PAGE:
Grant #292

River Justice: Pollution Reduction and Sustaining Water Quality

Healing Waters Institute (HWI) is submitting this grant in pursuit of the second year of a successful River Justice program. Within the past year, HWI has organized four large-scale River Justice clean-ups, hosted a drone training, hired two interns to assists with goals, strengthened organizational partnerships, and engaged local community members in water protection efforts. Indigenous Peoples of the Pyramid Lake Paiute Tribe (PLPT) are leading river protection efforts because the river cannot speak for itself. This is known as River Justice. Throughout settler history, we understand anthropogenic and extractive impacts have upset the freshwater and pristine condition of surface waters. Municipal, industrial, toxic, chemical, solid, and increased nutrients enter the Truckee River from the Cities of Reno/Sparks, Interstate 80, and other upstream communities. Much of this pollution flows downstream to the Pyramid Lake Paiute Reservation and lower Truckee River, which threatens the Keystone species such as the federally endangered Cui-ui (Chasmistes cujus), and threatened Lahontan cutthroat trout (Oncorhynchus clarkii henshawi). Keystone species are defined as species that define a region and bring specialized needs to this group of fish. Indigenous Peoples including the Reno-Sparks Indian Colony and the Pyramid Lake Paiute Tribe continue to protect their cultural and traditional connections to land and water. Indigenous Peoples advocate for Environmental Justice to prevent their homelands from contamination, extraction, and exploitation.

Every day, Native people connect and continue to protect water. Their everyday struggle to maintain traditional, cultural, and spiritual connections to land, air, and water is being threatened. This grant will support the above projects in order to achieve the long-term health of the waters, wildlife, and communities of the lower Truckee River. Further, it will promote the necessary work for the Truckee Meadows Water Authority and Community Foundations to find solutions to the problems. This project is positive and commits to being a true champion in Environmental Protection and working toward strategies with Indigenous Peoples.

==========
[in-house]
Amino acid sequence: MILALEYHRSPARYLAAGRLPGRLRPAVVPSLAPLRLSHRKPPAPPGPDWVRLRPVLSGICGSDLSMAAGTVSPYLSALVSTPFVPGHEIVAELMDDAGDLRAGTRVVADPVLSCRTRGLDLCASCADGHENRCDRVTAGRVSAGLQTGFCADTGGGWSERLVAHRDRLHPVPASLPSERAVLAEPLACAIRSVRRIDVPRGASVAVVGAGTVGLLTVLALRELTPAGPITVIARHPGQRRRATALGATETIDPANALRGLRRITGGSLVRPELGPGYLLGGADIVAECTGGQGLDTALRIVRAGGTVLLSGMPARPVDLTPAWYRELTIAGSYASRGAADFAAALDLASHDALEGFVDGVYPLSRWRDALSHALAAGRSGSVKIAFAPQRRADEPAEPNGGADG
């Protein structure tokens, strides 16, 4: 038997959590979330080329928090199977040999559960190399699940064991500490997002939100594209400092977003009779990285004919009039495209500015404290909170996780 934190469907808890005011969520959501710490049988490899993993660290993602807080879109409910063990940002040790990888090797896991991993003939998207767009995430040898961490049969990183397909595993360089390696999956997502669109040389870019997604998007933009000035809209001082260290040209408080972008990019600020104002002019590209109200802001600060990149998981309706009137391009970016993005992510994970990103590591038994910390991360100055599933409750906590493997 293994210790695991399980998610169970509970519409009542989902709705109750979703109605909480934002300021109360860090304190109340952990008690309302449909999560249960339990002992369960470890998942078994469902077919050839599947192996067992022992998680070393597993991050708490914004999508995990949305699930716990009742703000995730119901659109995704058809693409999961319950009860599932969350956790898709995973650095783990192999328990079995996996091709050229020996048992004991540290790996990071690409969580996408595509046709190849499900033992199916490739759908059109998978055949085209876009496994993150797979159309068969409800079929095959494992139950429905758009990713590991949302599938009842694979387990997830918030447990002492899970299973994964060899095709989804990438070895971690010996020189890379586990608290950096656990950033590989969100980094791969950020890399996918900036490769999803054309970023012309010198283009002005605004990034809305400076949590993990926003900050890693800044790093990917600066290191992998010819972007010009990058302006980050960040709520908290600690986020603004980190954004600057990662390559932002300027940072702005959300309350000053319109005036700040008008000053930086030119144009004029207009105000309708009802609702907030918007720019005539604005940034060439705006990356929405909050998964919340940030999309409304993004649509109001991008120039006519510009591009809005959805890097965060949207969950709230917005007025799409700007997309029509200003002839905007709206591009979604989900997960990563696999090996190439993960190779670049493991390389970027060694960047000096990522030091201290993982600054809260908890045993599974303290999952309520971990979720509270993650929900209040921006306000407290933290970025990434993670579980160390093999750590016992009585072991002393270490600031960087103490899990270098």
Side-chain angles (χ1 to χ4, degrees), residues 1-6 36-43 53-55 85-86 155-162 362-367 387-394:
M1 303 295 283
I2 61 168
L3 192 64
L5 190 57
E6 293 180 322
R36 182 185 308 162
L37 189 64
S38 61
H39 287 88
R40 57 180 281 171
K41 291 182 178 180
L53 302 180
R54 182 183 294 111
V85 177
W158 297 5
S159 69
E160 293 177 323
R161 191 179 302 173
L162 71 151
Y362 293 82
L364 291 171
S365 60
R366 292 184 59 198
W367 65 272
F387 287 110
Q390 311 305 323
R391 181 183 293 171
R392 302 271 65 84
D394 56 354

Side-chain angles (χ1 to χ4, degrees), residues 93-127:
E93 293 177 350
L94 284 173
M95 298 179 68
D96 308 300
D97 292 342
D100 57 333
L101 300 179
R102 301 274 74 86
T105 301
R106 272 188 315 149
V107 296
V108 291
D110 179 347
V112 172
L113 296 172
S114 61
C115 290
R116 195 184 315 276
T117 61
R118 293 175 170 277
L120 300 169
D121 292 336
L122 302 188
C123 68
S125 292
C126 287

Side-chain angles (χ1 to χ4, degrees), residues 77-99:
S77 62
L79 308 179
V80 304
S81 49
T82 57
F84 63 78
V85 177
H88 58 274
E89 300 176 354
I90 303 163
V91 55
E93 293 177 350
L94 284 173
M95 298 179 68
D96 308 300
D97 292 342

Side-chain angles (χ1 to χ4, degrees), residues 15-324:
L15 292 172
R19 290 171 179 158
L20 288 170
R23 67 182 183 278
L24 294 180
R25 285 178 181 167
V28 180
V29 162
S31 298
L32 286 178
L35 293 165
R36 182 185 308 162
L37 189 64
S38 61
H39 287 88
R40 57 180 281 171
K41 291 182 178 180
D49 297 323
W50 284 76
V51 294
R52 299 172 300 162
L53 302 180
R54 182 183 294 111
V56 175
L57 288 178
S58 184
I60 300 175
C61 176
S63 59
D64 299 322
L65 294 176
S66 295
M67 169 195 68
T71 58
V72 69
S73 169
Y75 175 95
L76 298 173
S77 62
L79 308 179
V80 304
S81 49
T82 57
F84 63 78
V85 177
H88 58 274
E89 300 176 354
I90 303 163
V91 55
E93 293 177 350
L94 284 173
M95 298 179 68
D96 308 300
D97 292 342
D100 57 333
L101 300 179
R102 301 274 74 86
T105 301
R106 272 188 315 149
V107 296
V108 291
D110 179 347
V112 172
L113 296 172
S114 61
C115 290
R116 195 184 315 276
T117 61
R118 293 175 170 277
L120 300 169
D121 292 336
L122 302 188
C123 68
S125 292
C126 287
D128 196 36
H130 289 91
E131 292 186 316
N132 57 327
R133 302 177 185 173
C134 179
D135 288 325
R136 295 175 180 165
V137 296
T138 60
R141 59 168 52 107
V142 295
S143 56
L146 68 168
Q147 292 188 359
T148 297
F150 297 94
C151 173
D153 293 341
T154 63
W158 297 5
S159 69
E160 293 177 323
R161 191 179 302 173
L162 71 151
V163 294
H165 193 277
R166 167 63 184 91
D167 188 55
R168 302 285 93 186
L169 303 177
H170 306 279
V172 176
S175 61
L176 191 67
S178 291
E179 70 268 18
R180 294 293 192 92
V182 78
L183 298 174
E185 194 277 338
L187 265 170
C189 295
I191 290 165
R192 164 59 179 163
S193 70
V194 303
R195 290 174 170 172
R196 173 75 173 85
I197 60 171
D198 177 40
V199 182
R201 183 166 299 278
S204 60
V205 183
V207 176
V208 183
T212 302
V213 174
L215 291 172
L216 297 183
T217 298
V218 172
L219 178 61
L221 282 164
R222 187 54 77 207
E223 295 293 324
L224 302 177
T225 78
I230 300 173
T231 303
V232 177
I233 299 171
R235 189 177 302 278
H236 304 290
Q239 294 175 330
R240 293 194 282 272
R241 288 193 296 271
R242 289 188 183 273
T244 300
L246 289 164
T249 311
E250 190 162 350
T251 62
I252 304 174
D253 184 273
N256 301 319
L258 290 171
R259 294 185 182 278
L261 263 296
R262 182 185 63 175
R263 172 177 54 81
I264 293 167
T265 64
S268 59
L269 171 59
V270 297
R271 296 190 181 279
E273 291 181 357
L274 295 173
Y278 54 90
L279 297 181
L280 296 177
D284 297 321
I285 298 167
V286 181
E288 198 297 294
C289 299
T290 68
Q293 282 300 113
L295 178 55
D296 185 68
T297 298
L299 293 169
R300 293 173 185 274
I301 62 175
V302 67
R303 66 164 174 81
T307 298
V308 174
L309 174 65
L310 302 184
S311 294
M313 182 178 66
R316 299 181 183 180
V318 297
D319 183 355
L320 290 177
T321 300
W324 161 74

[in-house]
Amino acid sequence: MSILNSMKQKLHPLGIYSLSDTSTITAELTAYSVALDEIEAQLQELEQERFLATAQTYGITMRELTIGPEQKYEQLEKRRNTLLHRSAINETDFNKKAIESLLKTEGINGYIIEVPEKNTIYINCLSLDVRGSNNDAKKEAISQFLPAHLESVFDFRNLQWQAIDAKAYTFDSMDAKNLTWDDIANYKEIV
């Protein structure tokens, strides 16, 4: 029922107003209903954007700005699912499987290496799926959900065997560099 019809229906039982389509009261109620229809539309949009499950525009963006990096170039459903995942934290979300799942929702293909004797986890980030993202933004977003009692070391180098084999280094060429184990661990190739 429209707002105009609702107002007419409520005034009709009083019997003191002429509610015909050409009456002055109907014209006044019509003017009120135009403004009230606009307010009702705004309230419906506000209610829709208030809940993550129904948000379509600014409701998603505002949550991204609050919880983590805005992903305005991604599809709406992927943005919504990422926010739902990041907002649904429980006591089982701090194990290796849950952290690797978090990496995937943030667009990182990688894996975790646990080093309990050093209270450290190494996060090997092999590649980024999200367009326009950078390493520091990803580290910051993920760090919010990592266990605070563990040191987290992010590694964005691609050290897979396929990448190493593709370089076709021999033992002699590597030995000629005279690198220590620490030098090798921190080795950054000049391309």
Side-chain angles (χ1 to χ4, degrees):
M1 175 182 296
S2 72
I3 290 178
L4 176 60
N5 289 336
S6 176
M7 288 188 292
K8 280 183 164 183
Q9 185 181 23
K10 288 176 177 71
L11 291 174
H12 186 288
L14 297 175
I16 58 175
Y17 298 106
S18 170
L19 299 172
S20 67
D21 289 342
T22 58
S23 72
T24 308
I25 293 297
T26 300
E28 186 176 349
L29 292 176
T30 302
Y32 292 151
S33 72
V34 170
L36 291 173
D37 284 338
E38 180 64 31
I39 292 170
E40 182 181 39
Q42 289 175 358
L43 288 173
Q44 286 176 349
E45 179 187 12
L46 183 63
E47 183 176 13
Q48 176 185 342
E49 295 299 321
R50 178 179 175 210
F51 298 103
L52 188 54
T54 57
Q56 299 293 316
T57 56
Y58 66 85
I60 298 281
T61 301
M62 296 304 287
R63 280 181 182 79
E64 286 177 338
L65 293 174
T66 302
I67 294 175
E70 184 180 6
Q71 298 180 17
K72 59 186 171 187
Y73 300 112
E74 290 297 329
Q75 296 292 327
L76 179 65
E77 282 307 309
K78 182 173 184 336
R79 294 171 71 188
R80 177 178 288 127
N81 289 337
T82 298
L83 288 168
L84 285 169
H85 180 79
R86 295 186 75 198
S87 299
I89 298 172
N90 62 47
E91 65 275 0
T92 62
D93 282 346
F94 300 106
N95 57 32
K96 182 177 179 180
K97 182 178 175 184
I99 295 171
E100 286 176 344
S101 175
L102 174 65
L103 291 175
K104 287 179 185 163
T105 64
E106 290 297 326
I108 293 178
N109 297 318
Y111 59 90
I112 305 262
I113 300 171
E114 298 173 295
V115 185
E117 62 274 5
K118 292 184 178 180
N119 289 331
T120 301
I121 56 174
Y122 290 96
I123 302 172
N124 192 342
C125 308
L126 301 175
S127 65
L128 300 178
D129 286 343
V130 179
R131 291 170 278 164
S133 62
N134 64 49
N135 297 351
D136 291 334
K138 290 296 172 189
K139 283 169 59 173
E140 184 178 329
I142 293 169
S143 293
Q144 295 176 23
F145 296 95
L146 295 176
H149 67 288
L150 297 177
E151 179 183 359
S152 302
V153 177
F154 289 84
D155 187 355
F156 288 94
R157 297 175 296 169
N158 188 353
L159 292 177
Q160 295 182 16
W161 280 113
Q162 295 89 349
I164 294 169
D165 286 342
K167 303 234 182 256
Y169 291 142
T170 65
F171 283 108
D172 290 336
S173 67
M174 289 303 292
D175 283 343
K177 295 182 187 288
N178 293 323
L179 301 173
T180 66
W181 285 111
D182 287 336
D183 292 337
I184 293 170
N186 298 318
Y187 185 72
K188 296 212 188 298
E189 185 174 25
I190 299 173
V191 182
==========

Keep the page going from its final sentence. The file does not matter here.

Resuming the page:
Project Tracking and Monitoring River Health

Surveying and use of drones is a needed tool to monitor the progress of riparian corridor health. In our first grant year, we initiated drone training to increase the capacity and support the skills of Tribal members, volunteers and partners. The DJI Mavic drone will be flown over the Truckee River to monitor river health and project tracking for Truckee River Fund grant. We plan to schedule two trainings to assist surveying and monitoring River Justice cleanups.

Our data and survey methods are specifically designed to conform to the Truckee River Dashboard being developed by One Truckee River. We are committed to work as partners to deliver data more efficiently through the submittal of data through google forms. Trash removed from the river and added to the solid waste database will help track the dynamics of solid waste trends.

River Justice must be an ongoing program and is committed to engage more partners each year. We value that HWI will bring attention to aquatic invasive weeds, noxious weeds, erosion, sediment discharges, and restoration, revegetation, and other stewardship needs along the lower Truckee River, all of which will help the PLPT and other stakeholders identify and plan for future work to improve river health. HWI continues to collaborate with mutual aid programs to decrease food waste, use reusable/compostable dinnerware, and are steering partners to plan their own independent cleanups. This enables us to all share the costs and labor of Solid Waste reduction. We are solution-oriented and develop a focus to meet with potential and loyal partners frequently. Mutual aid groups are effectively strategizing efforts to reduce litter and solid waste within the Truckee Meadows.

Site Clean Ups

During the spring and fall of 2024, a reconnaissance team will identify four clean-up sites along the Truckee River and four sites on the shorelines of Pyramid Lake. This will involve coordination with Truckee Meadows Water Reclamation Facility (TMWRF), Washoe County, Cities of Reno/Sparks, and River Justice

TMWA Benefit:

Our monitoring program will help identify challenges such as:

  • Continue to reduce waste pollution and increase water quality goals for the river.
  • Continue to recruit partners to provide stewardship and adding their organizational commitments to the watershed.
  • Produce a Pollution Reduction documentary for the public, Indigenous communities, TMWA customers and communities within the Truckee River Watershed which educates the success of River Justice